The structure of phenylephrine as a line drawing superimposed over a ball model of the same molecule.

Achoo! Sniff! Cough! Yes, we are approaching the season of coughs, colds and other related illnesses! For most of us, this leads to several days of feeling pretty rubbish, moping about, and whinging! We’ve already seen similar symptoms for hay fever and how cetirizine can help them!

A man sneezes while outside representing hay fever and allergies to grass pollen - maybe he needs some cetirizine!
This fetching self-portrait of Phil first appeared in the August 2019 molecule of the month about Cetirizine.

It also leads us to try a range of remedies, medicines and treatments: hot tea with lemon and honey, sunlight, hot showers, and even wet towels.

However, many of us reach for the cough syrup, cold tablets or sachets of powders. A key ingredient in these is the molecule phenylephrine.

An Alternative Medicine

Phenylephrine has been available for medical use since the late since 1930s. Its development came about as an alternative to the very similar molecule pseudoephedrine, which authorities worried was being used to make recreational drugs.

Patients can receive phenylephrine by mouth, injection, and even through the skin. As we will see later, there are many other uses for this molecule than just a decongestant.


Given below is the structure of phenylephrine. It consists of a phenol group (a benzene ring with an -OH group attached) bonded to a chain of carbon and nitrogen atoms. Another -OH group also exists along this chain.

The structure of phenylephrine

At room temperature it is a solid, with an off-white colour, in addition, it is very slightly soluble in water!

Is It Actually Any Good?

Phenylephrine’s main selling point is as a decongestion. The idea is that the molecule helps to shrink swollen nasal mucous membranes, clearing the airwaves and letting you breathe better. However, studies have shown it to be no more effective than a placebo. On the other hand, the closely related pseudoephedrine is effective as a decongestion.

In fact, a recent study presented to the American drug administration (FDA) showed strong evidence that phenylephrine taken orally is ineffective as a decongestant.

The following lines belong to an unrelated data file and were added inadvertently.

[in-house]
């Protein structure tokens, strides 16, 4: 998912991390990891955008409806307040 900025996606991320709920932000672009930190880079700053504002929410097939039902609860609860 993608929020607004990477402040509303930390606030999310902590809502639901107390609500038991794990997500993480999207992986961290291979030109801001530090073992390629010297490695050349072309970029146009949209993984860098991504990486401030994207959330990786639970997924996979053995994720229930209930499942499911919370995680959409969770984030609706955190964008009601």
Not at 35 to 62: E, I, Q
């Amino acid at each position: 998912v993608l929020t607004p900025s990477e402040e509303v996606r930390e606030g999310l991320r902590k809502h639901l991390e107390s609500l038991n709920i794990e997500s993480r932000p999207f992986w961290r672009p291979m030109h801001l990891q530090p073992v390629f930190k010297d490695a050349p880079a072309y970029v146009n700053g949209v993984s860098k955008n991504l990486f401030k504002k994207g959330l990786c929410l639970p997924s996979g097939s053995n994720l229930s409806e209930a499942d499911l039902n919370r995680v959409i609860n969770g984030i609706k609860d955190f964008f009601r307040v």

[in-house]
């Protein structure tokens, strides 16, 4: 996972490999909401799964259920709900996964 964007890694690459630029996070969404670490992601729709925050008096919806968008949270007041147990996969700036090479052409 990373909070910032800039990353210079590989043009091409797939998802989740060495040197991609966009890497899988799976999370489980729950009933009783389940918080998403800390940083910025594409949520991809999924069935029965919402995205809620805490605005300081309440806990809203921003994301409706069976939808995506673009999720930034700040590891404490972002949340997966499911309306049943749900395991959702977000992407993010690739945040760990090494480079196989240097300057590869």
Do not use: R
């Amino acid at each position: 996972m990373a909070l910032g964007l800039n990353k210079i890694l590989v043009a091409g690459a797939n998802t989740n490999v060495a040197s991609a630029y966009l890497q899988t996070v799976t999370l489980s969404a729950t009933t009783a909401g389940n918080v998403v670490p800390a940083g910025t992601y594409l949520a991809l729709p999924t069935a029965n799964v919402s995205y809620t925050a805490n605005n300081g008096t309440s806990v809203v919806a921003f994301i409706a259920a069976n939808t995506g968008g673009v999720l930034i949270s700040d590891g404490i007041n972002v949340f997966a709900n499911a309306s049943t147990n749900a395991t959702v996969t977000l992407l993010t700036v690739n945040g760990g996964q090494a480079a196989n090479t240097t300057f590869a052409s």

Despite this, the molecule is still widely found in cough medication and sold by pharmacies! Part of the reason is that even though pseudoephedrine is more effective, there is a real fear of people making recreational drugs from it!

It’s Not All Bad

The most common use of phenylephrine may be as a decongestion, but it has many other, less controversial, uses.

As a vasopressor, phenylephrine constricts blood vessels, making them narrower. As a result, blood pressure increases, making the molecule useful for people suffering with low blood pressure following shock or anaesthetic.

A Pain In The Bum

Another use is to treat hemorrhoids, a condition where the veins in the rectum (your bum) become swollen! The exact way they do this is still unknown, it may help narrow the swollen veins, but this may not be the whole story!

One part of body phenylephrine can dilate (make wider) is the eyes. This is useful for eye examinations or before and after eye operations!

Undesired Effects

Like most drugs, phenylephrine is not without side-effects.

Given one of its uses is a vasopressor, it is unsurprising that one side effect of phenylephrine is high-blood pressure. As such, people who already have high-blood pressure should avoid using it.

Other side effects include headaches, restlessness and can worsen feelings of anxiety and panic for those who already suffer with them. There are also links to vomiting and stomach cramps.

Who Nose If It Works?

Whether for good or for bad, most molecules usually have a use and are good at it. Phenylephrine, however, is a strange one. Sold as a decongestant, it has become a standard molecule in many cold syrups and tablets, yet there are numerous studies that indicate it as useless.

So next time you’re suffering with a cold or a runny nose, maybe don’t just reach for the phenylephrine!


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